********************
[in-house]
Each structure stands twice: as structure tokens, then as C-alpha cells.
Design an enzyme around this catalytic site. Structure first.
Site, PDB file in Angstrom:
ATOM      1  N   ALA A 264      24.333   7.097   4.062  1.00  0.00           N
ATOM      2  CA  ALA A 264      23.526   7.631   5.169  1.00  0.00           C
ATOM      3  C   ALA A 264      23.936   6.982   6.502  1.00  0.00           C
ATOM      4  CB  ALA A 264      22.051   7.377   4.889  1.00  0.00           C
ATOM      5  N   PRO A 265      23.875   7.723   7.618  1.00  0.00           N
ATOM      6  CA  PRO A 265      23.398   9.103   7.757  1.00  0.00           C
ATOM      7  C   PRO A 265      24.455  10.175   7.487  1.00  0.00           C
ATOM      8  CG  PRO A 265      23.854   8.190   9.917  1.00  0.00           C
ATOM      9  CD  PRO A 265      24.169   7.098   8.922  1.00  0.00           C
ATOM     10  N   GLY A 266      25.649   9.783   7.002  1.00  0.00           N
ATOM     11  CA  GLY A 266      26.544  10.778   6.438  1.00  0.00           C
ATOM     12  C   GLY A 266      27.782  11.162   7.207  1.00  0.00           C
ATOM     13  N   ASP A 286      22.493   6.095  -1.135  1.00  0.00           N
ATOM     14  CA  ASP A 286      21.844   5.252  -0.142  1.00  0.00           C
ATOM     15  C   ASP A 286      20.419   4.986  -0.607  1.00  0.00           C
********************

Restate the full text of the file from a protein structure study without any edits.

[in-house]
Each structure stands twice: as structure tokens, then as C-alpha cells.
Design an enzyme around this catalytic site. Structure first.
Site, PDB file in Angstrom:
ATOM      1  N   ALA A 264      24.333   7.097   4.062  1.00  0.00           N
ATOM      2  CA  ALA A 264      23.526   7.631   5.169  1.00  0.00           C
ATOM      3  C   ALA A 264      23.936   6.982   6.502  1.00  0.00           C
ATOM      4  CB  ALA A 264      22.051   7.377   4.889  1.00  0.00           C
ATOM      5  N   PRO A 265      23.875   7.723   7.618  1.00  0.00           N
ATOM      6  CA  PRO A 265      23.398   9.103   7.757  1.00  0.00           C
ATOM      7  C   PRO A 265      24.455  10.175   7.487  1.00  0.00           C
ATOM      8  CG  PRO A 265      23.854   8.190   9.917  1.00  0.00           C
ATOM      9  CD  PRO A 265      24.169   7.098   8.922  1.00  0.00           C
ATOM     10  N   GLY A 266      25.649   9.783   7.002  1.00  0.00           N
ATOM     11  CA  GLY A 266      26.544  10.778   6.438  1.00  0.00           C
ATOM     12  C   GLY A 266      27.782  11.162   7.207  1.00  0.00           C
ATOM     13  N   ASP A 286      22.493   6.095  -1.135  1.00  0.00           N
ATOM     14  CA  ASP A 286      21.844   5.252  -0.142  1.00  0.00           C
ATOM     15  C   ASP A 286      20.419   4.986  -0.607  1.00  0.00           C